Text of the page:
“I think there were more challenges to authority. As older and more experienced people, they didn’t just accept what the powers that be said,” notes Roberts of the corps of returning vets, many of whom also brought back PTSD and addiction issues. But Roberts notes that Top o’ the World, at least in those days, largely kept to the matters of the student body, leaving regional and national affairs to other outlets.
While the student newspaper may not have covered all of the era’s counter cultural and social happenings, Roberts says this was not an indication that these movements did not carry weight among students, and in the Gunnison community. While she notes that many of the more radical students in those days likely would opt for other schools, there was certainly activity in the vein of social activism.
“There was a free underground newspaper (those were fairly common across the nation actually) floating around. Written anonymously, it appeared irregularly and read both by townspeople and students. It expressed a lot of counter-culture sentiments: questioning government actions, political motives of local and national leaders, advocating protection of the environment, [and] challenging the status quo,” adds Roberts in an email.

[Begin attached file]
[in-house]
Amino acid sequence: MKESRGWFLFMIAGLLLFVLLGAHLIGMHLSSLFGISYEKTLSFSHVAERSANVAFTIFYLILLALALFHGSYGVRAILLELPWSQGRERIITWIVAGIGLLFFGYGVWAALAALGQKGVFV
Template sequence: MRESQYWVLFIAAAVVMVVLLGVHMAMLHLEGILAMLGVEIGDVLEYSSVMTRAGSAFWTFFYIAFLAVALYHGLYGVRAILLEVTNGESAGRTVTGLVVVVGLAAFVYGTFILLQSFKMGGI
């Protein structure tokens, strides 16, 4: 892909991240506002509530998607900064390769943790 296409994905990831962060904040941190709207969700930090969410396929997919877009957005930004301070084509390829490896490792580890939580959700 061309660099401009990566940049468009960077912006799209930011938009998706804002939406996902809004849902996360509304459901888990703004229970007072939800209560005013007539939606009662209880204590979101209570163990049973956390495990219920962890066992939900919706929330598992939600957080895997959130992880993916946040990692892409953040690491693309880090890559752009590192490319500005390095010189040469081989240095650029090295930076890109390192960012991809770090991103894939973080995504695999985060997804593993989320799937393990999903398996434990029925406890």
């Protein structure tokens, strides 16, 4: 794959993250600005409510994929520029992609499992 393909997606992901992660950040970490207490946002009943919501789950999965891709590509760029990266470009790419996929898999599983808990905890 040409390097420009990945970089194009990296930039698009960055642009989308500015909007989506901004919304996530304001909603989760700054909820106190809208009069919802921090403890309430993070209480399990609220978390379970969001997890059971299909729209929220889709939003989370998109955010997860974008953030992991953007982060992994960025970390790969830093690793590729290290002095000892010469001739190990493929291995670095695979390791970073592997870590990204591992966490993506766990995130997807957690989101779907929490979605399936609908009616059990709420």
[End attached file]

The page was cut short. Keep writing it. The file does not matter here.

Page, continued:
She notes that a free, informal university also cropped up in the valley during her Western days, offering coursework in disciplines like Buddhism, mysticism, and social activism. The early to mid 1970s were a critical time period for the Civil Rights and Feminism movements, and more Black students enrolled at Western, while women were encouraged to seek leadership positions on a more regular basis.
A key part of Roberts’ day-to-day role was to work out the contracts with the local printing shop, which B&B Printers won that year. She also supervised the resources needed to produce photographs from negatives, and oversaw a budget exceeding $20,000.
“One of the things that I had pledged as part of my editorship was that you’d always be able to find somebody during office hours at the Top office,” notes Roberts. The office, in those days, was in the upper floor of what was then-called the Student Union.
“It was very convenient, because not very many people ever showed up, but I felt obligated to be there…If it was a slow day, I would simply say ‘come knock on the closed Editor’s office door’, and I’m short enough that I could just stretch out on top of the desk and take a nap!” exclaims Roberts, who had few qualms about advocating for herself, and for the newspaper.